Can artificial intelligence (AI) help in the fight against healthcare-associated infections? Patients being infected with diseases while staying at hospitals is a global issue. A group of researchers at Halmstad University is investigating whether AI can help find solutions to the problems of healthcare-associated infections – on social media.  

“Many hospitals are very concerned about healthcare-associated infections. They can close entire departments if there is an infection going around,” says Fábio Gama, senior lecturer in Healthcare Innovation at Halmstad University and project manager for the research project Automatic Idea Detection: Implementing artificial intelligence in medical technology innovation. 

Scanning digital platforms to identify new solutions is one way to discover innovative care methods. AI algorithms can scan large amounts of information and automatically detect ideas that users have contributed. The system is called Automatic Idea Detection (AID).  

“In this project, we have turned to social media to see what healthcare workers around the world are trying to do and communicate – and if they might be using any new methods to control or prevent healthcare-associated infections. With AI, we can find the needle in the haystack,” says Fábio Gama.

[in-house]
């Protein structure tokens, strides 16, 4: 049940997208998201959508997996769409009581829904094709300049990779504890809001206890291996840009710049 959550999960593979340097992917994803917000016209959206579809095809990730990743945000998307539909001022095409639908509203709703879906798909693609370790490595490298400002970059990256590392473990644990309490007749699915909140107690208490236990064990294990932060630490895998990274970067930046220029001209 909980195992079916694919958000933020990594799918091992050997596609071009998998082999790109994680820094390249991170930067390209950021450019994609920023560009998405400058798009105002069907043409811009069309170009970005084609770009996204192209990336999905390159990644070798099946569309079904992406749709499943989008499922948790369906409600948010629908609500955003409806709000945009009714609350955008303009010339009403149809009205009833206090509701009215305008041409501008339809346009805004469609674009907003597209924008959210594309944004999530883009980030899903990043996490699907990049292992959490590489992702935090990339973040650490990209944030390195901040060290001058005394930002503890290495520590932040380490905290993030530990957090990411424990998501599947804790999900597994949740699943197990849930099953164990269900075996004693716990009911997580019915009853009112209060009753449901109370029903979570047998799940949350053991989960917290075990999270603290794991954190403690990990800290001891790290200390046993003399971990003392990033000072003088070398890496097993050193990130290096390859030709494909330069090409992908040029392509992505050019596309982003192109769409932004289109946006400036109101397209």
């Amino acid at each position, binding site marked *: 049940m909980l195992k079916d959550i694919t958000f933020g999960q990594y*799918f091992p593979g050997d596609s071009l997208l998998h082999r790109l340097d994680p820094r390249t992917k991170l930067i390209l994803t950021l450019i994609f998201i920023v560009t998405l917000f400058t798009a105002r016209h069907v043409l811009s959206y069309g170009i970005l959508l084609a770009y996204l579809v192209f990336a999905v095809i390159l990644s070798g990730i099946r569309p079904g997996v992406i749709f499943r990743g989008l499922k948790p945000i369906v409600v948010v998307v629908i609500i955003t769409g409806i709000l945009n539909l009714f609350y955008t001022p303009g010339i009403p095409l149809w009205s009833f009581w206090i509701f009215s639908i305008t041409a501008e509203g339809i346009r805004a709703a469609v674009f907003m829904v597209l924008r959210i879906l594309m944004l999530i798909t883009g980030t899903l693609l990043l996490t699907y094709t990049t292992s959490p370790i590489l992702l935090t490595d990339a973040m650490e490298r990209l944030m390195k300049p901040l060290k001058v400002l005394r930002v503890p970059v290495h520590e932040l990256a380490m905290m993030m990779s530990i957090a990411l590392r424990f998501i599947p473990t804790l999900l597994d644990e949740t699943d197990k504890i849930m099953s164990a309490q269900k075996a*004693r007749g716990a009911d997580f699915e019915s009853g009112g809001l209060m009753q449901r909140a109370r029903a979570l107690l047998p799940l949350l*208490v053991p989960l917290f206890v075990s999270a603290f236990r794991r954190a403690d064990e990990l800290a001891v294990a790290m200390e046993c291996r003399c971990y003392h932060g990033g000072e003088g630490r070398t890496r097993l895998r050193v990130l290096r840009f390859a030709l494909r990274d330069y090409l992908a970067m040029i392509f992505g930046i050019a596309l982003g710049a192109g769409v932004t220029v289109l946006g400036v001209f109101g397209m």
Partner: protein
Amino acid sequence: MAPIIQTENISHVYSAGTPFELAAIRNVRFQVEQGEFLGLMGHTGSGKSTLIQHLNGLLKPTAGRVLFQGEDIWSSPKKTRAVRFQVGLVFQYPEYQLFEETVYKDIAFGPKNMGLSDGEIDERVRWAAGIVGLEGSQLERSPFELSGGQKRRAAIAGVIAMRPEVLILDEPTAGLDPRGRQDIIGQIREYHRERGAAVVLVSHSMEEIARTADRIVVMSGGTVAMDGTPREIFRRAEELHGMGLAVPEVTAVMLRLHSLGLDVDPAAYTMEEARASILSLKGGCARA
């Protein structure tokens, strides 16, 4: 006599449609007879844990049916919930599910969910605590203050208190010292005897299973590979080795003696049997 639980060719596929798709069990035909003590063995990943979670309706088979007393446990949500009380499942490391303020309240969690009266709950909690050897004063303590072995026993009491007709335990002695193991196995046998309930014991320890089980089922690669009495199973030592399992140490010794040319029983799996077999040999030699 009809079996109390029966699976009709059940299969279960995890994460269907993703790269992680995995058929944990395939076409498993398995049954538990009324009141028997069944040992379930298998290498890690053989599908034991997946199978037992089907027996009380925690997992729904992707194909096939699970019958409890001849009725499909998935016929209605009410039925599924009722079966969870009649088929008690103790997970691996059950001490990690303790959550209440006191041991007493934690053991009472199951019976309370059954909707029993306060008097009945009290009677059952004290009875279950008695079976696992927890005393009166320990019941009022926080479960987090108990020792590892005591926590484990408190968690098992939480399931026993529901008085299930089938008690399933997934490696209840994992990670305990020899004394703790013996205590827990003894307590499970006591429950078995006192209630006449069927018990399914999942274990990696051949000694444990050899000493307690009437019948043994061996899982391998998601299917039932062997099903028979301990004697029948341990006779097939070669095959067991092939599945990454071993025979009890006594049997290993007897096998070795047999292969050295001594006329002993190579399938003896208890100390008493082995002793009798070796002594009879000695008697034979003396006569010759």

The world is full of innovative ideas  

Healthcare-associated infections mean that people who enter the hospital to receive treatment for one disease end up infected with another one, and it is one of the biggest issues in hospitals around the world. During the COVID-19 pandemic, for example, many people who were hospitalised for other reasons ended up contracting the coronavirus while in hospital.  

At the same time, the world is full of healthcare workers with innovative ideas that could provide solutions to the issue. This is why the group of researchers is investigating whether AI can help detect good ideas that can prevent or control healthcare-associated infections.  

The project Automatic Idea Detection: implementing artificial intelligence in medical technology innovation runs until March 2024 and is carried out in collaboration with the health and hygiene company Essity. In the study, the researchers have chosen to focus on Twitter and tweets in English, but the model can also be used on other platforms and for many other types of problems and languages.

Fábio Gama
Senior Lecturer in Healthcare Innovation
(+46) 070-262 89 37

Emma Swahn
Communications Officer
Phone: (+46) 072-192 79 85